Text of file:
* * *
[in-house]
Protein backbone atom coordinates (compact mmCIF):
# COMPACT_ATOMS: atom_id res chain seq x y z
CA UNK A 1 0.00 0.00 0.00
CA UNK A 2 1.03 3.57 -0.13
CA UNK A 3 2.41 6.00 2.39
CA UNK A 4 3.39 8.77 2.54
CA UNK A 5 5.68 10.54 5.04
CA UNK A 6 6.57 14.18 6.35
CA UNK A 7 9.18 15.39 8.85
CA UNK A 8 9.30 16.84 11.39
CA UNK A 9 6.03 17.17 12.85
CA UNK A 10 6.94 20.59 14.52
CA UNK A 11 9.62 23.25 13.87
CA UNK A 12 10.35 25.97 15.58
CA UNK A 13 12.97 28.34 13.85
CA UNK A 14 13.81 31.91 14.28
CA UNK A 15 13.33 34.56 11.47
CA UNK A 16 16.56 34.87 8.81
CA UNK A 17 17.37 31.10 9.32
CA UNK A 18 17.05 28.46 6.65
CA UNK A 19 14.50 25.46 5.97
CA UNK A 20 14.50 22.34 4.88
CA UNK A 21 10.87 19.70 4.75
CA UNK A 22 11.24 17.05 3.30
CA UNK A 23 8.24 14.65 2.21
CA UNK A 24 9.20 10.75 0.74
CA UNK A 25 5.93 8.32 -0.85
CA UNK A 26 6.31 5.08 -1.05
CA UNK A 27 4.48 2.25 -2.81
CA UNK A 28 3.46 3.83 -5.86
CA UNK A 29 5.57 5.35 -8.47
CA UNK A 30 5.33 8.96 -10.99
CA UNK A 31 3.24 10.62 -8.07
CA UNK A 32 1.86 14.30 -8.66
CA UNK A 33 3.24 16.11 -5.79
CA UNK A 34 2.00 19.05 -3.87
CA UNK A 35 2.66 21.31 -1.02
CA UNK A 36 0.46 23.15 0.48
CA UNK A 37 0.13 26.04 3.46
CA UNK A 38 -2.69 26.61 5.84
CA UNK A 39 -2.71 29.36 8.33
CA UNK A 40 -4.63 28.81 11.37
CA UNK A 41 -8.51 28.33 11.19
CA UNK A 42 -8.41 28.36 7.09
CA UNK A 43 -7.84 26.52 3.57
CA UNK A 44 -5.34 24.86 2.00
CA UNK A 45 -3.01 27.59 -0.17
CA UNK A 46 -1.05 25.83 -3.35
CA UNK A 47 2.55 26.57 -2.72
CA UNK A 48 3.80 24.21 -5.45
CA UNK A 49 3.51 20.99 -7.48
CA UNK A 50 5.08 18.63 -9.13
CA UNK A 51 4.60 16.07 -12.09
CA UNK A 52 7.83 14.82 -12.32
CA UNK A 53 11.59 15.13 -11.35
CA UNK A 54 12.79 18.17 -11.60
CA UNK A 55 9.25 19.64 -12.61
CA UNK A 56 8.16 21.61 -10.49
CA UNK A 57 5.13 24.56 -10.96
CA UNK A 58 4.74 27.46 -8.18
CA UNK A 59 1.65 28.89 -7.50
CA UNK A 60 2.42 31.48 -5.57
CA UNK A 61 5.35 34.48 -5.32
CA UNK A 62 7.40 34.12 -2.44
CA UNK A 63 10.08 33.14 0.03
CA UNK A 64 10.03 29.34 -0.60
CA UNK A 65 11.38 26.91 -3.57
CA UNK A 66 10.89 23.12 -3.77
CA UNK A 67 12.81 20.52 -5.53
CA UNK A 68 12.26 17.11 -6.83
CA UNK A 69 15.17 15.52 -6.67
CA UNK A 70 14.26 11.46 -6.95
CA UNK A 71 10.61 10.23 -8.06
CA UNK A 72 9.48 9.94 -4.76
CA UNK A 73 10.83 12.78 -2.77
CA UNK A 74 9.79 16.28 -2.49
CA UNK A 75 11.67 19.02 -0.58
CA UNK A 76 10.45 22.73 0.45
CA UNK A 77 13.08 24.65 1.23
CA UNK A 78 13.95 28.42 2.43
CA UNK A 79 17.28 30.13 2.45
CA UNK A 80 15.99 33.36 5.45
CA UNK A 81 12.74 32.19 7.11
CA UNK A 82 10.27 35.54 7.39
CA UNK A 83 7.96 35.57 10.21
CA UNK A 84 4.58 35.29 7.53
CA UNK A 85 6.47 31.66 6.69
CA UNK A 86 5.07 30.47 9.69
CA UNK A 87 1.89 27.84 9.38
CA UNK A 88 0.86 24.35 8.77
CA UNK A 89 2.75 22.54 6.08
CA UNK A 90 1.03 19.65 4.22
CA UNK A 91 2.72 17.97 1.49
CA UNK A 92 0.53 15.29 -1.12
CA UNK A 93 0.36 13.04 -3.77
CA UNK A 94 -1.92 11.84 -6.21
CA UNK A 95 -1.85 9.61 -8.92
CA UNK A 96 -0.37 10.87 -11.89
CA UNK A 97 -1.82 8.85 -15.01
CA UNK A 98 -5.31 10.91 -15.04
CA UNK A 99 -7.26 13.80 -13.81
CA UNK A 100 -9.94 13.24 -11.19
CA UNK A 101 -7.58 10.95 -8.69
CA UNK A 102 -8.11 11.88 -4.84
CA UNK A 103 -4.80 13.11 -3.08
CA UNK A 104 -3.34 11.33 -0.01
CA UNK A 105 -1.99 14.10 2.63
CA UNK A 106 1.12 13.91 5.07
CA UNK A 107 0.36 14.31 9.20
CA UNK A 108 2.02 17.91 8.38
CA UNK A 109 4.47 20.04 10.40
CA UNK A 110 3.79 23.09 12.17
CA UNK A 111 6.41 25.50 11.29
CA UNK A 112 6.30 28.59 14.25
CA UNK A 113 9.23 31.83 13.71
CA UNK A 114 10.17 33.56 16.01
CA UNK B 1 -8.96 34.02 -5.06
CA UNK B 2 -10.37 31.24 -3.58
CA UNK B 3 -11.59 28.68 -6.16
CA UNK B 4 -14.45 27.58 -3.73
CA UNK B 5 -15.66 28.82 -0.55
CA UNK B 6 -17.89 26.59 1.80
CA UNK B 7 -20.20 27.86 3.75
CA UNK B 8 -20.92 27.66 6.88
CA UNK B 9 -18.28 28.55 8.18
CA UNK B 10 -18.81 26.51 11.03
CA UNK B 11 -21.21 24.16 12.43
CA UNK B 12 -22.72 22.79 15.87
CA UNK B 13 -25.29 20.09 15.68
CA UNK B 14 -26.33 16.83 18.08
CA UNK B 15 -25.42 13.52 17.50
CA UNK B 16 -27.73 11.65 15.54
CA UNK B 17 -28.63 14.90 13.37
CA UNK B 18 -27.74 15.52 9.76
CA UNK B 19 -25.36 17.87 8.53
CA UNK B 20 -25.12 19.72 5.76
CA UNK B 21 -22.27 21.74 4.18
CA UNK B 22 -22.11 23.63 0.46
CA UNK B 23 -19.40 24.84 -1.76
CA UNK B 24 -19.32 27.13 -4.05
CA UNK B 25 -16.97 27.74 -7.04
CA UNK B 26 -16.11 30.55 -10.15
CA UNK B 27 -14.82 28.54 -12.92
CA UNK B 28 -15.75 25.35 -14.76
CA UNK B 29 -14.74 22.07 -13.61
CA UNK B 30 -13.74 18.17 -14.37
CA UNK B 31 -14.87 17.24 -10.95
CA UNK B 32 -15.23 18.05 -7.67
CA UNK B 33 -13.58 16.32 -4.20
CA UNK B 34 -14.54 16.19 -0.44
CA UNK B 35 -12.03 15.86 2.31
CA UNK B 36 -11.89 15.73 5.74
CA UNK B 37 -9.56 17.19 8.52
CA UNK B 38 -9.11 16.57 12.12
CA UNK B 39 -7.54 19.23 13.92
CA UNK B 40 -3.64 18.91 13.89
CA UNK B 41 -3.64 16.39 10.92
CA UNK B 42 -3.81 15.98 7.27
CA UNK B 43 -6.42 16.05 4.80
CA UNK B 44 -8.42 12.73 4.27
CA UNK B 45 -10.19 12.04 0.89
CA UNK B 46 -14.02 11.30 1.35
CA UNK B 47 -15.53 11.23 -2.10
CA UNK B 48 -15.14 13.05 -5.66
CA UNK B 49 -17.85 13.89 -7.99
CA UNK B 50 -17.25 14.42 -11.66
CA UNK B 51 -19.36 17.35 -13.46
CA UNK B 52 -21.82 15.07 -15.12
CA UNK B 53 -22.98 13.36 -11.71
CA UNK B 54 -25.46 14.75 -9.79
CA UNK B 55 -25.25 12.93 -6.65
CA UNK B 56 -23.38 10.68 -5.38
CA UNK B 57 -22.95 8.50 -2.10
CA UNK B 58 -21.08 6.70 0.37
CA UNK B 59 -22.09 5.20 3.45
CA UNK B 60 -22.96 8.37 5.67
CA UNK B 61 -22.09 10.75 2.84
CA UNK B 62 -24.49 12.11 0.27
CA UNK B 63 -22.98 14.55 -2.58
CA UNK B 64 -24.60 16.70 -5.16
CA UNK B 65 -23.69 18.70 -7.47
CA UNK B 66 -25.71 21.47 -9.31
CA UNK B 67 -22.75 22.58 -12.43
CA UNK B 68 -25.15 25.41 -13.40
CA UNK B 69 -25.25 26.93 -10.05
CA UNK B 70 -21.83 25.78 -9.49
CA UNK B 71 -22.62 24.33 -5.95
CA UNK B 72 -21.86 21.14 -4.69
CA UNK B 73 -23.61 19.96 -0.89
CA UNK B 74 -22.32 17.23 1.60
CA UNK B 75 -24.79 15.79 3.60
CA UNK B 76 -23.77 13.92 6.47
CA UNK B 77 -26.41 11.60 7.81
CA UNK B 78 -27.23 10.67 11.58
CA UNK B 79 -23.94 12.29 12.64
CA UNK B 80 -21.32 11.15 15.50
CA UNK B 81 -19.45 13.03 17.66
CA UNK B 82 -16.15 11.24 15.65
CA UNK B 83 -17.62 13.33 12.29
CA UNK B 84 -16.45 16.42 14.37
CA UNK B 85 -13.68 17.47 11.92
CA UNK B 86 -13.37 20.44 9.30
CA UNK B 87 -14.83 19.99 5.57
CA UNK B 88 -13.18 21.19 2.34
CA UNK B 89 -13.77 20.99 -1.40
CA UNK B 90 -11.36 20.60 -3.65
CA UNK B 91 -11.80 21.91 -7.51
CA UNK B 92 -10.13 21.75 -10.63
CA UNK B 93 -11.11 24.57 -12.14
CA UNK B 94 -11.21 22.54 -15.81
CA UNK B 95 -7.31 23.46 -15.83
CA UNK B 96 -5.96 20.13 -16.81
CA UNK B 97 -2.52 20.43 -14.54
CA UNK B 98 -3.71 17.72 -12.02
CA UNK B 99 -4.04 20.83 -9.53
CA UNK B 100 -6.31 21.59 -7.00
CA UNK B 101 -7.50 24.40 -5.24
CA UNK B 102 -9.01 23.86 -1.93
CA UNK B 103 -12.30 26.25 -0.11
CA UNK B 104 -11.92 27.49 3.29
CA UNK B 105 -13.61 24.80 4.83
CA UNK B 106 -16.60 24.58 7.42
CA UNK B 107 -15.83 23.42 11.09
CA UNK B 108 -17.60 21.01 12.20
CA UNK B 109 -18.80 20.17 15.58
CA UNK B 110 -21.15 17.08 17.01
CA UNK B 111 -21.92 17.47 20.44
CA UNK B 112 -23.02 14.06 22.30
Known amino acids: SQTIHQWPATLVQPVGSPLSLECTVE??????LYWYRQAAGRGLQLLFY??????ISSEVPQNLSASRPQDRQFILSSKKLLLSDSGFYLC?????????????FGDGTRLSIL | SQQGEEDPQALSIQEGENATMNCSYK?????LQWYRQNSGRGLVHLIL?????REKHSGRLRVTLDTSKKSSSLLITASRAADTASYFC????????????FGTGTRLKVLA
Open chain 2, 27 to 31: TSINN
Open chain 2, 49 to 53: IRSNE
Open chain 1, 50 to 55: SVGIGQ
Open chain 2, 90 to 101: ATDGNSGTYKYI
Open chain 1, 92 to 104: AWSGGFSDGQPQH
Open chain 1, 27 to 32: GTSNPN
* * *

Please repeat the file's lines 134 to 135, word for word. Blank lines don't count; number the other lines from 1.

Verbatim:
CA UNK B 17 -28.63 14.90 13.37
CA UNK B 18 -27.74 15.52 9.76